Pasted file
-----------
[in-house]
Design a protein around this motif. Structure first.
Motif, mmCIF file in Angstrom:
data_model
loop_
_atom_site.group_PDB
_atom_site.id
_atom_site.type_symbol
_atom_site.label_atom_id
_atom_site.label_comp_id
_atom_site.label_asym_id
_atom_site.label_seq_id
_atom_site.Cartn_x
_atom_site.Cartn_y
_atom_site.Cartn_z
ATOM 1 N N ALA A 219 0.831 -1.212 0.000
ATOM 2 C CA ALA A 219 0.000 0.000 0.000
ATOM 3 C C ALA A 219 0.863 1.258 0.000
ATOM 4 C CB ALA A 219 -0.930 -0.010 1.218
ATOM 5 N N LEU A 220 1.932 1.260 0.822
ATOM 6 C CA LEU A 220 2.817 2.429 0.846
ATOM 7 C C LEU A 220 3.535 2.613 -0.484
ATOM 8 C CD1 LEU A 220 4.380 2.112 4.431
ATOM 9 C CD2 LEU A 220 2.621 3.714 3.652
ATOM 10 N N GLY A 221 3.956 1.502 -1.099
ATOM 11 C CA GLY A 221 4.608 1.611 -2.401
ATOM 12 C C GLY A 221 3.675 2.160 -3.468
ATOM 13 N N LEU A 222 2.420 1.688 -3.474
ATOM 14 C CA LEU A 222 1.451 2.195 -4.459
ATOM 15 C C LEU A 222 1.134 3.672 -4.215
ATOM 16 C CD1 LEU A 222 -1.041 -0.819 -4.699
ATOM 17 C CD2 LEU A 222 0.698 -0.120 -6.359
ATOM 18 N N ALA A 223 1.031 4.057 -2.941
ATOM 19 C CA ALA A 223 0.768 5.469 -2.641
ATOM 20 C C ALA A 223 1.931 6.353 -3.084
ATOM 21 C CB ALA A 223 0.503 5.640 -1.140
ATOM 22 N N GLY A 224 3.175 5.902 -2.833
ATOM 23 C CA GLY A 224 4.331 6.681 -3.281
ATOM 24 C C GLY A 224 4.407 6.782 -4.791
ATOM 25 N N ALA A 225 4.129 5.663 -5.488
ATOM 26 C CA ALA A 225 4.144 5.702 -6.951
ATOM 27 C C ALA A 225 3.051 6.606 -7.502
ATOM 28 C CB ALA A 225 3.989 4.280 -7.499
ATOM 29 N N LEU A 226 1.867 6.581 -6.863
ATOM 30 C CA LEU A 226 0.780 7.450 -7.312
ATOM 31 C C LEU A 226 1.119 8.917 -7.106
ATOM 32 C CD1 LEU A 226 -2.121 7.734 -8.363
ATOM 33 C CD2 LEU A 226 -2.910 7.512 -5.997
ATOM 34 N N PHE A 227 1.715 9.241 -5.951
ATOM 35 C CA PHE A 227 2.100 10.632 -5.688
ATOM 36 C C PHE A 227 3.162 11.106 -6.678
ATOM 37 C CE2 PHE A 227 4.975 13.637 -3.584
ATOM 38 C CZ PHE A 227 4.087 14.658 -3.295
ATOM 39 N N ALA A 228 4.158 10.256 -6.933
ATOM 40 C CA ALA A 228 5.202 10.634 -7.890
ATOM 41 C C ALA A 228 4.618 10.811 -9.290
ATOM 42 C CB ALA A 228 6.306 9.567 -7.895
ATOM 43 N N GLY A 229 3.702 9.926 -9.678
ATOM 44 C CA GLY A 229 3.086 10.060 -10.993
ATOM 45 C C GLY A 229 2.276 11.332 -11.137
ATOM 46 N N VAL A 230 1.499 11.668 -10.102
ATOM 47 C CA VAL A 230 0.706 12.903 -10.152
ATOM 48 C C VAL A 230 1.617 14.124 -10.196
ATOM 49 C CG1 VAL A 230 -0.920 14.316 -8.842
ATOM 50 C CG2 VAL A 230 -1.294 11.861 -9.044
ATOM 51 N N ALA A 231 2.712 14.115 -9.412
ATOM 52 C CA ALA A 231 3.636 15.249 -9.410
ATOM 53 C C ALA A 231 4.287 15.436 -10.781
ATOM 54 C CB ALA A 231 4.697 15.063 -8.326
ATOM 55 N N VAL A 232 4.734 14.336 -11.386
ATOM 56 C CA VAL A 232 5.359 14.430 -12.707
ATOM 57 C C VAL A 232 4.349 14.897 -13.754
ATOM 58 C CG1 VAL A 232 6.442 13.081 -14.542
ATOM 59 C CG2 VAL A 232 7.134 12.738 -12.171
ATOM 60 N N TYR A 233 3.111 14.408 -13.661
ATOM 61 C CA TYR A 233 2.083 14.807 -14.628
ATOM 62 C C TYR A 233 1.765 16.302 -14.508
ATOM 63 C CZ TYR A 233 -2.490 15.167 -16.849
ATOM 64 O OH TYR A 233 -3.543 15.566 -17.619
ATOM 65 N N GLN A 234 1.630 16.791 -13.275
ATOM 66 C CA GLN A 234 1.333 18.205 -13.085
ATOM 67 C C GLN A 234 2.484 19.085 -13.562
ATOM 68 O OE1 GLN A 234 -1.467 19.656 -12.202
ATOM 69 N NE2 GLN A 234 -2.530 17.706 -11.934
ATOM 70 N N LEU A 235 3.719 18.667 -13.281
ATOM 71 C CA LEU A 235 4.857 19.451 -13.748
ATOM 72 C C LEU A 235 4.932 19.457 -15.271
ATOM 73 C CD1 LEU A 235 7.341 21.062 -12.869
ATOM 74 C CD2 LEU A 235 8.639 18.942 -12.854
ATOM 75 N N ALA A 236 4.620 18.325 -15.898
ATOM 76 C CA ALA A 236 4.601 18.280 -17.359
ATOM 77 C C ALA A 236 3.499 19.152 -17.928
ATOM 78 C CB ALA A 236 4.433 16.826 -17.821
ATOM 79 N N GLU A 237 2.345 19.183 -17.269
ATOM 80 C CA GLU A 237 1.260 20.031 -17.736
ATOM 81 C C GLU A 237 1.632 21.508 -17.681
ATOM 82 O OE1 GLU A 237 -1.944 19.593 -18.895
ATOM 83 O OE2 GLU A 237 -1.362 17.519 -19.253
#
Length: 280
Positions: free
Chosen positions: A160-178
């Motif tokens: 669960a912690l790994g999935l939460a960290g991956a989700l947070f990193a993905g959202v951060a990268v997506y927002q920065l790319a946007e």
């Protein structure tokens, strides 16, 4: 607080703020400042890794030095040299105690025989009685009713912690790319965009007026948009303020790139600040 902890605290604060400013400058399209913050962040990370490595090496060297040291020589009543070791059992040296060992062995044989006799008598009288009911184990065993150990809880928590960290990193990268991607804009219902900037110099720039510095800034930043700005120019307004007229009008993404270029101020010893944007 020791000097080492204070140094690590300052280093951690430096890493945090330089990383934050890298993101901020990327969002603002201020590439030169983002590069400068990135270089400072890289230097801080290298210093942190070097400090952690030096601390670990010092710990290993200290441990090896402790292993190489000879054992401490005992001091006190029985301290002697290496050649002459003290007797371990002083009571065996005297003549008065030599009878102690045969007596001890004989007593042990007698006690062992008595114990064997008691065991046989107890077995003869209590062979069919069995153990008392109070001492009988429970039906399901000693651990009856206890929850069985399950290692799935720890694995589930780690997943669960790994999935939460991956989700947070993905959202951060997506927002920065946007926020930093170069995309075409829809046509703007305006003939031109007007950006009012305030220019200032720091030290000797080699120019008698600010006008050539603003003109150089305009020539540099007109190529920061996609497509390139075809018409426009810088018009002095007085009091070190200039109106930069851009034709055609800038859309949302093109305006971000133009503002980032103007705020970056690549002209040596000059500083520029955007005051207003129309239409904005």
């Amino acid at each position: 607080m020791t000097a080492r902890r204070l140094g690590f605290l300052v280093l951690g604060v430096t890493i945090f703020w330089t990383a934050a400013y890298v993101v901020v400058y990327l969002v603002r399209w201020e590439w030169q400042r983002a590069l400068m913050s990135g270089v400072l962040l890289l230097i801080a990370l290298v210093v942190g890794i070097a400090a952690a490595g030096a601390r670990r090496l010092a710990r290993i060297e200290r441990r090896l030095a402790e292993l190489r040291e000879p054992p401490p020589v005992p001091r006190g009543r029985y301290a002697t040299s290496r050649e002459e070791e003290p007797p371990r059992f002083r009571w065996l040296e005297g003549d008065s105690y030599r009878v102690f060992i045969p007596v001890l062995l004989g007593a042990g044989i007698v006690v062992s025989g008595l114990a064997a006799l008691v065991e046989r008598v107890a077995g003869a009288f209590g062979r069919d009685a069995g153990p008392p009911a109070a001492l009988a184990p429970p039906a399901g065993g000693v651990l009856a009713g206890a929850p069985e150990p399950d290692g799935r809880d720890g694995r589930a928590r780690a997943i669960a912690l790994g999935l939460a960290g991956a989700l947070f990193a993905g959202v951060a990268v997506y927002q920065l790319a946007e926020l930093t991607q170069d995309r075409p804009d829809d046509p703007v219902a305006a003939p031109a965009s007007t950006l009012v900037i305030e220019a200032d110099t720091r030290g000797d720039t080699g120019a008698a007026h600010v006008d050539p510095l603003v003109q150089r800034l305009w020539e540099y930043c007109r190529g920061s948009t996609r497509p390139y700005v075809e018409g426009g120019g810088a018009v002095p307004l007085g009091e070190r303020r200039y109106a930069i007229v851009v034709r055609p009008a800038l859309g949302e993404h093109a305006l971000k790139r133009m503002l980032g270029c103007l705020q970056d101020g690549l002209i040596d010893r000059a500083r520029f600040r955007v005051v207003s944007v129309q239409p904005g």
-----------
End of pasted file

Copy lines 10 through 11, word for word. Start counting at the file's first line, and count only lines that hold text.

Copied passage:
_atom_site.label_comp_id
_atom_site.label_asym_id